Cape Town + Robben Island – Final pics

What I liked the most about Cape Town was the African art, the Congolese live music, being by the water; as well as, the cool African people I met in Obz. What I disliked was the predominant European influences that had me really confused as to where I was sometimes.

If I were to try to express my experience back home I’d say South Africa often felt like a warm hug and in a moment’s notice a punch in the gut. Particularly when I first arrived. As my time went on I learned to flex my stomach to brace myself for the blows. Seeing the still very present segregation and oppression amongst other things was unsettling. The middle to upper class neighbourhoods are predominantly white. Now I understand why critics of Mandela argue that he failed at the economic liberation of black South Africans.

Despite popular belief about South Africa’s “progress” since the end of Apartheid, said progress, is up for debate. It doesn’t take much to see that South Africa’s wealth isn’t going to it’s original inhabitants. Imagine someone came into your home and stole your possessions, like the whites stole the mines in South Africa, and then they said let’s make peace but I won’t give you back your things. How does that make any sense?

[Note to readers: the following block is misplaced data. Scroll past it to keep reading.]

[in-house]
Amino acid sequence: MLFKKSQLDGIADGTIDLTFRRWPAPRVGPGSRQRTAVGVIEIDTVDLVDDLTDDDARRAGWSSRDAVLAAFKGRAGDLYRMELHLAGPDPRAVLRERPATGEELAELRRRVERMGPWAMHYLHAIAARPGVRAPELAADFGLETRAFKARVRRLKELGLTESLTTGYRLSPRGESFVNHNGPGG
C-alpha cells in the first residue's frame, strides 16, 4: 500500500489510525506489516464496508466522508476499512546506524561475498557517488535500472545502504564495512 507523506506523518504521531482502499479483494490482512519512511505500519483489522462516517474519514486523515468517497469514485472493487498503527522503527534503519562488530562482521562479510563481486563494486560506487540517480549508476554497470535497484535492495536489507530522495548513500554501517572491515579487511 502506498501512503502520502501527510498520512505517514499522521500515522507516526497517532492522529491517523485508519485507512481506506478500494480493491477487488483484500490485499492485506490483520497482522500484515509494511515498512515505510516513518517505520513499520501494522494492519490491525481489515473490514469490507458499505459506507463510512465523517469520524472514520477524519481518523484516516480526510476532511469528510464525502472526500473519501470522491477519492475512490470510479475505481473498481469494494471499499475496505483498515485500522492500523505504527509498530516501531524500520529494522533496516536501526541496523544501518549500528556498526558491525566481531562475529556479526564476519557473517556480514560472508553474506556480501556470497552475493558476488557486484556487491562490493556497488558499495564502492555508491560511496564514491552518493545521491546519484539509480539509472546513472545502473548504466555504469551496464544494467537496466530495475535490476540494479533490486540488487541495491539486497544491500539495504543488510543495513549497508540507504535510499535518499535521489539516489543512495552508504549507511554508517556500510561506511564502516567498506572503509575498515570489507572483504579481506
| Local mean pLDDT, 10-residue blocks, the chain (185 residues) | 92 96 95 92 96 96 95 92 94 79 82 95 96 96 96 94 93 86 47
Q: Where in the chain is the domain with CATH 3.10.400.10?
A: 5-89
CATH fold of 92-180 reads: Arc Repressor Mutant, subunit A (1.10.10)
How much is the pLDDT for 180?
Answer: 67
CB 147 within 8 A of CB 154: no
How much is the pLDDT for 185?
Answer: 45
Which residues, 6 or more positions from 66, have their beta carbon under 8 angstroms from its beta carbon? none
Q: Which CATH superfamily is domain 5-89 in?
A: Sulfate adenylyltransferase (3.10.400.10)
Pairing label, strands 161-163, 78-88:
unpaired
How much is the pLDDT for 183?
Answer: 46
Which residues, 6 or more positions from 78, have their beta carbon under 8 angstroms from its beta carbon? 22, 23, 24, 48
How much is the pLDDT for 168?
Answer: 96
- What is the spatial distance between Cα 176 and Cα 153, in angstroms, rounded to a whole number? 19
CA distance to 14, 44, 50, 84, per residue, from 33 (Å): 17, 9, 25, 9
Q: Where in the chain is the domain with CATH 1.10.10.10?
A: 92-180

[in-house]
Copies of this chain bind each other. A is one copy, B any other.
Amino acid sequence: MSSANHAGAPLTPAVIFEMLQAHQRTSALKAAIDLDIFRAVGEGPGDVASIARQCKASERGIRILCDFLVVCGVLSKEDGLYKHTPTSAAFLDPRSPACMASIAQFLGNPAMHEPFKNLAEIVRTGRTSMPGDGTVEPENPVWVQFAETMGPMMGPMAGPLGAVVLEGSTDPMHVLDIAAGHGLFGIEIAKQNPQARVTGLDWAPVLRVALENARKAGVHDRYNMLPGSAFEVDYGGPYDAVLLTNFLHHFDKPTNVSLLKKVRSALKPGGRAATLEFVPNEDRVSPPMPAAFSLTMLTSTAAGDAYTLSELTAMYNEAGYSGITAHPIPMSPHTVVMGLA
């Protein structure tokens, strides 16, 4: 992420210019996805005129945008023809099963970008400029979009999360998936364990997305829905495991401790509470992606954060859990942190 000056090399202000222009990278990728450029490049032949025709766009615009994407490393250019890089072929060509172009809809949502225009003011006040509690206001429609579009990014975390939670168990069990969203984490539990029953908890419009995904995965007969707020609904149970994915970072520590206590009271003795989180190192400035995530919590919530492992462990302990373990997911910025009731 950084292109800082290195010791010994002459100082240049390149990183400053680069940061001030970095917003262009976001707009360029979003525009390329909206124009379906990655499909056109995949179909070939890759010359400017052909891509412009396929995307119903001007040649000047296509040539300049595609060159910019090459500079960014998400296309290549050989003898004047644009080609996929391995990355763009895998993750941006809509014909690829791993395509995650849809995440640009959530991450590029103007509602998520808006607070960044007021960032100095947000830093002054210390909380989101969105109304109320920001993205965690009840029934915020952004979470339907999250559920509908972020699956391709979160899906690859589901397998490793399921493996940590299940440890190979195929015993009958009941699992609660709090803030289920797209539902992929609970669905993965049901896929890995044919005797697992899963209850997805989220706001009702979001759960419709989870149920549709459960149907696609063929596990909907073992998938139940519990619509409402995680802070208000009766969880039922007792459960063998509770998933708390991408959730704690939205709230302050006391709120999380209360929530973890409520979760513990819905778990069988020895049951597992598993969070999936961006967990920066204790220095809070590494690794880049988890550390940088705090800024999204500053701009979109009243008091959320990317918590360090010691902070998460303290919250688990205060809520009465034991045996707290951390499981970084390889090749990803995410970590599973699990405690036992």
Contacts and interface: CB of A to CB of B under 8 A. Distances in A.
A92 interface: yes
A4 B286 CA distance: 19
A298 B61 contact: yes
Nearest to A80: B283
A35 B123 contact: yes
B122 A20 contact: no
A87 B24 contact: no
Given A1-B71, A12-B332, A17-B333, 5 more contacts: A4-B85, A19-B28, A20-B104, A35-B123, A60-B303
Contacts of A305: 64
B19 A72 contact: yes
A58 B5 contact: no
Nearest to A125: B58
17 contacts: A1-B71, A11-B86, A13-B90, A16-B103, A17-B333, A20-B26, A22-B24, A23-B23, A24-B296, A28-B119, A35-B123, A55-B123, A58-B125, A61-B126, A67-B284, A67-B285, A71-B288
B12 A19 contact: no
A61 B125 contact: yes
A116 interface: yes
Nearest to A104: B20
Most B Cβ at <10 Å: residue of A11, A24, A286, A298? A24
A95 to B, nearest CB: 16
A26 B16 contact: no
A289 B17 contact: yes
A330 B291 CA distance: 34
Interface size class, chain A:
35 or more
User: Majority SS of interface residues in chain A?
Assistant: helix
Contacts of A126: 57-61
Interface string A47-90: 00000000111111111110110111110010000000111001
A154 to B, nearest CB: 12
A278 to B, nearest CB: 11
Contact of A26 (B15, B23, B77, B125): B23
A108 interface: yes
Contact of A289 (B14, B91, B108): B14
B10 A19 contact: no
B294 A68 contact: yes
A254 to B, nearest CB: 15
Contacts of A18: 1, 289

Regardless of the f*ckery, overall, being on African soil and surrounded by the vibe and culture brought a confidence that I’ve never experienced before. Even upon my return to Asia I feel like I’m holding my head a little higher. Africa’s got my back! She welcomed me with open arms as though I’d never left. It was in the very subtle moments that I felt her the most. Mama Africa. I’m bringing her with me wherever I go, after all Afrika is where there are Afrikans.

This bunch concludes my trip to South Africa. I was unable to include videos I took of Robben Island, and Cape Town, but you can visit my instagram page @bamonikash to view them there.

Thanks for reliving my trip with me.

Hetep.

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